"Sensitive" car aims to curb road rage

The Senso's sleek exterior was inspired by skyscrapers Keystone

Aggressive drivers may soon find themselves taking a more Zen-like approach behind the wheel, thanks to the Swiss automotive design company, Rinspeed.

This content was published on March 3, 2005 minutes

The Zurich-based firm unveiled its latest concept car, the futuristic "Senso", at the 75th International Motor Show in Geneva this week.

Designed to adapt to a person’s state of mind, the Senso uses biometric data to determine whether a driver is in a hostile or sluggish mood.

"An onboard camera records the driver’s movements, including how well and how often he or she changes lanes," said Rinspeed CEO Frank Rinderknecht.

"A series of sensors and a pulse-taking watch also help the car evaluate the driver’s emotions," he told swissinfo.

"Zensory" response

If the vehicle senses that the driver may have a case of road rage, it projects soothing blue patterns on the interior, accompanied by relaxing music and aromas, such as vanilla-mandarin.

But if it senses that the person behind the wheel may be falling asleep, the seat will begin to vibrate, as yellow and orange patterns are projected inside and a citrus fragrance is pumped through the car’s ventilation system.

The developers describe the car as "zen-sorial" in reference to a concept developed by scientists at the universities of Zurich and Innsbruck.

The "zenMotion" system, as it is known, uses psychological data on human perception to create intelligent surfaces that can interact with users.

According to Rinderknecht, the Senso uses this technology to subconsciously calm or stimulate the driver, without being distracting.

"Think of how people react to candlelight," he said. "They don’t need to stare directly at the flame to find themselves in the mood for romance... it’s all about the feeling created by the light."

Architectural design

In contrast to the car’s zen-like interior, the outside projects a far more sleek and no-nonsense attitude.

Rinderknecht says the design was inspired by skyscrapers and industrial architecture, resulting in a look that appeals to some and repels others.

"My daughter finds it the ugliest car she’s ever seen," he confessed. "But other people pass by and say it’s the greatest car they’ve ever seen.

"The point was to put the human being in the centre, so we took our inspiration from man-made structures rather than Mother Nature," he added.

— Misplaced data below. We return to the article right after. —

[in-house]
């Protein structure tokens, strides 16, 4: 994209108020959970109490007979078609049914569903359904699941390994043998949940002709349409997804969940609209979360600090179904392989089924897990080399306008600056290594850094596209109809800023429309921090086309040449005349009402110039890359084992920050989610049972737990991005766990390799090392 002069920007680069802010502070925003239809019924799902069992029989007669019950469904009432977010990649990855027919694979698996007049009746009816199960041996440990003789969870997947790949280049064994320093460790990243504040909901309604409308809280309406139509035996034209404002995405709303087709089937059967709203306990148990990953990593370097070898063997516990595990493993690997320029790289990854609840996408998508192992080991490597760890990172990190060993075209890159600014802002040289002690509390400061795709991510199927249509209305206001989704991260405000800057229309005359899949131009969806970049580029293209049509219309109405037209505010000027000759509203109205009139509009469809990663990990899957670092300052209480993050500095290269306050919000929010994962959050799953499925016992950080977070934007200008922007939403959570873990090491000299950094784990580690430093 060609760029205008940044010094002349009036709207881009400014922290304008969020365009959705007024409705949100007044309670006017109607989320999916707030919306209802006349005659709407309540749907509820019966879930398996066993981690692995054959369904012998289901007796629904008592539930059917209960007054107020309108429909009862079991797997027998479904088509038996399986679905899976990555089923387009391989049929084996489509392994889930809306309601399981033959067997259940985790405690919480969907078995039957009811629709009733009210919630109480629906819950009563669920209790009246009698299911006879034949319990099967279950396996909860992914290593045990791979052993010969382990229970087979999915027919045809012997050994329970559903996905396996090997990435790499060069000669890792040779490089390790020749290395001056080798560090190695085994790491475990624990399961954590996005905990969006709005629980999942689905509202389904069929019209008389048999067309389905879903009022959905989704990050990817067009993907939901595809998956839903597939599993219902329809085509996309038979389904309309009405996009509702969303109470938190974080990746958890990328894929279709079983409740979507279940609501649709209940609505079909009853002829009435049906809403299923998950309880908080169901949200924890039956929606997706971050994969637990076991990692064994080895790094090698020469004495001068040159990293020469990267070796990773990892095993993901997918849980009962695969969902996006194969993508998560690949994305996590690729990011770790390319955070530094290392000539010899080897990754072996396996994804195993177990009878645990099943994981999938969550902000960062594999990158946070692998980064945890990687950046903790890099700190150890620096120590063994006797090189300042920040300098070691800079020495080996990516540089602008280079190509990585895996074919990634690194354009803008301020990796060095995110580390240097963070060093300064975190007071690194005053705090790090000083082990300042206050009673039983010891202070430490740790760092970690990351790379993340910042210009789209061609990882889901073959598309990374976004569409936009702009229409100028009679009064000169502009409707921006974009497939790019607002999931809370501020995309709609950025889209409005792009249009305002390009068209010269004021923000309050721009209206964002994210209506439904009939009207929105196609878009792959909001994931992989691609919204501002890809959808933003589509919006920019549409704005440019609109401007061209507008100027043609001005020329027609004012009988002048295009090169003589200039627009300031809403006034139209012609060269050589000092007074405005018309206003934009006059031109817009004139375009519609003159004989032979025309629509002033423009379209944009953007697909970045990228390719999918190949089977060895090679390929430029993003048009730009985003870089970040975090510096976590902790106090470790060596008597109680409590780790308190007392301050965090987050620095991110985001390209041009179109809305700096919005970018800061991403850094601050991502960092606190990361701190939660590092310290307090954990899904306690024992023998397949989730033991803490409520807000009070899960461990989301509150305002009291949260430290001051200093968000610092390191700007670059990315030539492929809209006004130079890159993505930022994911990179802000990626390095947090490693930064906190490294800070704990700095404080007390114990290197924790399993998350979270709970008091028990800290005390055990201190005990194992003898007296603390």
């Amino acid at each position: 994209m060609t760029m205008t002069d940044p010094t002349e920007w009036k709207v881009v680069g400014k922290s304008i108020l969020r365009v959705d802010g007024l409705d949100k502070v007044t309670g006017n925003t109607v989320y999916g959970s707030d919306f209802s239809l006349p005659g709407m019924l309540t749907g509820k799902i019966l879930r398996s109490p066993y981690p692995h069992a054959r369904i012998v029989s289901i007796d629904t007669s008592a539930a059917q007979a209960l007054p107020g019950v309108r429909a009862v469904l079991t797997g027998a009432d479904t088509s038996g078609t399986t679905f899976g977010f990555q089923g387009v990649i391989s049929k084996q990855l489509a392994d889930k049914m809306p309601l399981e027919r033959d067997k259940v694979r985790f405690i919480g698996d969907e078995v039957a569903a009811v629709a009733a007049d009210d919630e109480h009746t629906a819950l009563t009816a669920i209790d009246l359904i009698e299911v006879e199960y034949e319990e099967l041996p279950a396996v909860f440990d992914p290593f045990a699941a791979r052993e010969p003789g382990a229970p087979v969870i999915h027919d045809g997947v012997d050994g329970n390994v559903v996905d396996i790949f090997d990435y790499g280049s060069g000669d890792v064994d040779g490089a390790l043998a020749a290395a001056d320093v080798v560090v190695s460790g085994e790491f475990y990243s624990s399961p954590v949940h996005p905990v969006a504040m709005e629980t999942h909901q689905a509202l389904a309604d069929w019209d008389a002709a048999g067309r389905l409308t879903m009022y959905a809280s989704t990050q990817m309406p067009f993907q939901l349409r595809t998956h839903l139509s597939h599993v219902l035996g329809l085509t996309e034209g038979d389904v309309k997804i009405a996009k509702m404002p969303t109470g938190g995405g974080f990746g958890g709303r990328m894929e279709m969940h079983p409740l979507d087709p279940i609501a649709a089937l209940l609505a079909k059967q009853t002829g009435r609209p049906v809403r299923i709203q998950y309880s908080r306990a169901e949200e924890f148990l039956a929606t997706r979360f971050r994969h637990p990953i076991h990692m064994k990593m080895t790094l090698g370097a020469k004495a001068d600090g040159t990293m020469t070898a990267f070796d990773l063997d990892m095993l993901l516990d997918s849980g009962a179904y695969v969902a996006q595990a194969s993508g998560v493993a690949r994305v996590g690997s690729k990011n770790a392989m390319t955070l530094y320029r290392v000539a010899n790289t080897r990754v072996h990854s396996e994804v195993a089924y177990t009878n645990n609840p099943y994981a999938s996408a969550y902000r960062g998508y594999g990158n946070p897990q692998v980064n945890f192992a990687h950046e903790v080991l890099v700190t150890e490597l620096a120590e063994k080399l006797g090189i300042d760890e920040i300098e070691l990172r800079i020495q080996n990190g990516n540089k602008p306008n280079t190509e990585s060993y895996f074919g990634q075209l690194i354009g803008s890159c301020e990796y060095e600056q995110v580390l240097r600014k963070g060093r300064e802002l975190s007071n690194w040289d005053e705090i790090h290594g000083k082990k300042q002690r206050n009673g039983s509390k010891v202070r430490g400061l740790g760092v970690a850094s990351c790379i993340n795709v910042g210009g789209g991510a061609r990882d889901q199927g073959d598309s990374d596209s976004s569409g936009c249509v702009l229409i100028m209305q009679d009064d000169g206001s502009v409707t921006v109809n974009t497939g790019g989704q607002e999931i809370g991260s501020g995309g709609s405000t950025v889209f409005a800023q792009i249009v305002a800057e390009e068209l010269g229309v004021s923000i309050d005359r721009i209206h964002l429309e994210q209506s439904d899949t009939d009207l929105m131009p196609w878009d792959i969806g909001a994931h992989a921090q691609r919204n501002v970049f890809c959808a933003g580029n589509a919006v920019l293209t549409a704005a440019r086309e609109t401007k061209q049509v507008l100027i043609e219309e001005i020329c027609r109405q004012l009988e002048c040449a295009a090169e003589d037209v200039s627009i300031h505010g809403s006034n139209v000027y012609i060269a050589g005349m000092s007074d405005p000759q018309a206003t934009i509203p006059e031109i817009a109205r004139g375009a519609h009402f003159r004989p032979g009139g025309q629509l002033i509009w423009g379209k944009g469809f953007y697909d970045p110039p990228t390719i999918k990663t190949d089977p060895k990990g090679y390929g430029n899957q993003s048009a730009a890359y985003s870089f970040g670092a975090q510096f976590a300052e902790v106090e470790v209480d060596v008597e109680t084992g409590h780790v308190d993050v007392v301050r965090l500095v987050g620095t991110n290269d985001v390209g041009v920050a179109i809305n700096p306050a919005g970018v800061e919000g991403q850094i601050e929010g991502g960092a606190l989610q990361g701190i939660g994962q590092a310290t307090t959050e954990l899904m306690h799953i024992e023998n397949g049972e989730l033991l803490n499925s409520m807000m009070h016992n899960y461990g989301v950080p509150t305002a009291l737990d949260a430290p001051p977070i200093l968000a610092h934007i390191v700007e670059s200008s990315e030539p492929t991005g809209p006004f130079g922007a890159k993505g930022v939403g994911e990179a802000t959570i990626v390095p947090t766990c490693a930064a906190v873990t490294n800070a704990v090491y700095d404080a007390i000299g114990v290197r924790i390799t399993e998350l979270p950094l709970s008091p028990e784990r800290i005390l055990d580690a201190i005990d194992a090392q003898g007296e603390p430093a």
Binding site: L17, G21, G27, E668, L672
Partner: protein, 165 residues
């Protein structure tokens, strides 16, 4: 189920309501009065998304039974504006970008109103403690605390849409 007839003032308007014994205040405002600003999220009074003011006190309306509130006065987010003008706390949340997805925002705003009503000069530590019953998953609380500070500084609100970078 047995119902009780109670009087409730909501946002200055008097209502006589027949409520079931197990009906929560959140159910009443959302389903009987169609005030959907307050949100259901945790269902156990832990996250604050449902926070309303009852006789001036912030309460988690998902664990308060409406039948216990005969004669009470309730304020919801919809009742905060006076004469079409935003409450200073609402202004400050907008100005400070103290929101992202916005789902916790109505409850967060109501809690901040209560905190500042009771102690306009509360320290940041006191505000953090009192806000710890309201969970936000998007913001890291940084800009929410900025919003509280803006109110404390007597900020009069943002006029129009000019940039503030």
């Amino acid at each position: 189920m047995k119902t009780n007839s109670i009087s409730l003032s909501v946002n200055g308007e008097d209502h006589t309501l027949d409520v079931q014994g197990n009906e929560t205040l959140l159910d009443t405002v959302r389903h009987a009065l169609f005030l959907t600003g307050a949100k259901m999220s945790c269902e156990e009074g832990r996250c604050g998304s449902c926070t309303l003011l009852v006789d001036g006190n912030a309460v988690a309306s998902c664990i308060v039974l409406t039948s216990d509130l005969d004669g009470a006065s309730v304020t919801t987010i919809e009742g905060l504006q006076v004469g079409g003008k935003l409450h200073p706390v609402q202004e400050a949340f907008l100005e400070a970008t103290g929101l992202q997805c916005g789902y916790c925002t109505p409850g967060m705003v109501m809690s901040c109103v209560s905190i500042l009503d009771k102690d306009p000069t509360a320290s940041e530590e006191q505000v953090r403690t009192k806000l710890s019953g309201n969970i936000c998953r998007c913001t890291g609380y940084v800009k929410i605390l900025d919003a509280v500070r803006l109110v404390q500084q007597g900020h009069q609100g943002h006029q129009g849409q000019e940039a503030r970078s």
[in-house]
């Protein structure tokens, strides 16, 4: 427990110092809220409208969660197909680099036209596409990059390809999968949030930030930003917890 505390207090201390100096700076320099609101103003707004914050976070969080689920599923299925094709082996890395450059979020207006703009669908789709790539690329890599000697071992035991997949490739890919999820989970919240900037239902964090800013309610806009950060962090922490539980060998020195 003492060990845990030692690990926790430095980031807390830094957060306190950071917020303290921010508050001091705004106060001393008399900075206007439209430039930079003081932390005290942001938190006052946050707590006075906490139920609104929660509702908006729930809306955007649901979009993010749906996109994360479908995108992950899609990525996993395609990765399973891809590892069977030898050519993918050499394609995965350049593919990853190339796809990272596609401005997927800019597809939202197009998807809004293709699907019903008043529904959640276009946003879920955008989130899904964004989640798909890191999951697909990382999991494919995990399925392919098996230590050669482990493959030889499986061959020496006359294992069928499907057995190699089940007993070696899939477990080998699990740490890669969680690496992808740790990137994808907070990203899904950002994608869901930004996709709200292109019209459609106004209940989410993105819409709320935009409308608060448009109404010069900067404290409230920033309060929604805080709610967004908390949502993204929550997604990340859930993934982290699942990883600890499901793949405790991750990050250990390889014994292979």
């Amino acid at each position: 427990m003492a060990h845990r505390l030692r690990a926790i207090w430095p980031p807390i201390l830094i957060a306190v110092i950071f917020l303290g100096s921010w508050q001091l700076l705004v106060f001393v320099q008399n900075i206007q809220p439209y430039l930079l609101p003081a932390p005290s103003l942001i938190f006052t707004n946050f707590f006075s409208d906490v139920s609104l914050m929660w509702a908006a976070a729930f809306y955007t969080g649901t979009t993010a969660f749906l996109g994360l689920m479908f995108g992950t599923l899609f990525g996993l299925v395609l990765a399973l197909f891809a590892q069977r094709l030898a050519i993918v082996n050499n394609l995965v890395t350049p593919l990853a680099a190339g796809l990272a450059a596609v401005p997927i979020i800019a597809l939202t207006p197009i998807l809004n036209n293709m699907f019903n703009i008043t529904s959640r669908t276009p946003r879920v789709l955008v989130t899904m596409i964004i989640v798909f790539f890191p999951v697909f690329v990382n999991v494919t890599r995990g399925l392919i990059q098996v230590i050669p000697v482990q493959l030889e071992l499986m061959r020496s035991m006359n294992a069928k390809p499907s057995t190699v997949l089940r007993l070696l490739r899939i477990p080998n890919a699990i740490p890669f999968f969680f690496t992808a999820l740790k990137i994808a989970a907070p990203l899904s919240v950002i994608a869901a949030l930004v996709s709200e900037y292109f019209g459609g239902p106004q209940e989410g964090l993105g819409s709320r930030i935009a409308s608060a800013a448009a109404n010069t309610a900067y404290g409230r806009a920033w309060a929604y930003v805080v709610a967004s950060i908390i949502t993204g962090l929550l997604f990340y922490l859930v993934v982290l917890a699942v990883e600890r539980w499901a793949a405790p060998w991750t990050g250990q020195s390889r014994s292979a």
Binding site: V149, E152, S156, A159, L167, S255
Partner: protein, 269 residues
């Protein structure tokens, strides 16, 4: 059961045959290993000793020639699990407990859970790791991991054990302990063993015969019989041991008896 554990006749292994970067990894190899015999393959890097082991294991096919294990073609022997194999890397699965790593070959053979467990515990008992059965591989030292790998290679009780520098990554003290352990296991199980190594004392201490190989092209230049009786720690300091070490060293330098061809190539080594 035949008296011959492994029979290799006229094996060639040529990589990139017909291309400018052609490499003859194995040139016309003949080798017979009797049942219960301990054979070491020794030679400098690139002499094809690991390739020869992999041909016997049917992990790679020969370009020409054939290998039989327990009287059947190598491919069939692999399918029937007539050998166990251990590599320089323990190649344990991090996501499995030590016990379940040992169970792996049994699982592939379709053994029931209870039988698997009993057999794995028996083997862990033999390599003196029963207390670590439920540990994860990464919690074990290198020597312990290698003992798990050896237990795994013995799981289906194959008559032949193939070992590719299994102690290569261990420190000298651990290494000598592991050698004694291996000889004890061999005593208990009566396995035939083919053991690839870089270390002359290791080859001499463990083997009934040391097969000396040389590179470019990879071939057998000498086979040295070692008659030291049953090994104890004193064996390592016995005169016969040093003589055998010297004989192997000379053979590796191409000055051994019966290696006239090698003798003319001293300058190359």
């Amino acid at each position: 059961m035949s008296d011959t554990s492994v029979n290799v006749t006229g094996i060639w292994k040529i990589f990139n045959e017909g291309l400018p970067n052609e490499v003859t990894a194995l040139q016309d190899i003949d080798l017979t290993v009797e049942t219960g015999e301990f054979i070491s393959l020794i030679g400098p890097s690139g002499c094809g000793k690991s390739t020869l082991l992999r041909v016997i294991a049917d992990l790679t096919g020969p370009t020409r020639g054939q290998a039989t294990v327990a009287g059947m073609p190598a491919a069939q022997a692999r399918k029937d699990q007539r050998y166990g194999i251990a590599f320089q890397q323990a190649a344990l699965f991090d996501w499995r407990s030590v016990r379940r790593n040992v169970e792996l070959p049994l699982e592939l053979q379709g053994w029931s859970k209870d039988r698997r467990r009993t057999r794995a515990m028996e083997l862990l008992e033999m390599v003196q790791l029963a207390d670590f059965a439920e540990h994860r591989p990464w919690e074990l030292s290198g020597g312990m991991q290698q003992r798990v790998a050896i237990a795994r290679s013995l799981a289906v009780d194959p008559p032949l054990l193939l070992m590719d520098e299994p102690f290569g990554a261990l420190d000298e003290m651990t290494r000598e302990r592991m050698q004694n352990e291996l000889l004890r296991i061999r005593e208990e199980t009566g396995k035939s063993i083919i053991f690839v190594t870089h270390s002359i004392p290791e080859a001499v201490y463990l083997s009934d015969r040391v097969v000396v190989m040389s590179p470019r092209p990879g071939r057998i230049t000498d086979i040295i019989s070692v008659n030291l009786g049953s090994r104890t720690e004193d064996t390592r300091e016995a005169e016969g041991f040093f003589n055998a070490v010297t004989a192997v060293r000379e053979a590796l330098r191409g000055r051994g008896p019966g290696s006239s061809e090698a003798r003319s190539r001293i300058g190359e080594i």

Company officials are quick to point out, however, that the vehicle is environmentally friendly and runs on a hybrid combination of unleaded petrol and natural gas, resulting in a 30 per cent reduction in harmful carbon-dioxide emissions.

Humans vs. technology

Rinderknecht, who clearly enjoys basking in the media spotlight, is no stranger to the Geneva Motor Show.

In 2004 his James Bond-inspired "flying" car made a real splash at the exhibition (see related article), while the year before, he unveiled a vehicle that could expand or shrink at the push of a button.

But while his previous prototypes seemed all about hype, Rinderknecht says the Senso aims to send a serious message to the automotive industry that people should come before technology.

"Carmakers are ignoring the needs of drivers by defining safety through airbags and seatbelts," he said. "They’re not thinking about how to prevent accidents in the first place.

"Car design should be much more emotional," added Rinderknecht.

swissinfo, Anna Nelson in Geneva

Key facts

The 75th International Motor Show is taking place in Geneva from March 3-13 at the city’s Palexpo hall.
This year marks the 100th anniversary of the exhibition, which started back in 1905.
Each year, the world’s leading car manufacturers come to Geneva to unveil their latest automotive innovations.
Rinspeed, one of Switzerland’s best known producers of custom-made and concept cars, has unveiled a futuristic vehicle that can sense and adapt to the driver’s state of mind.

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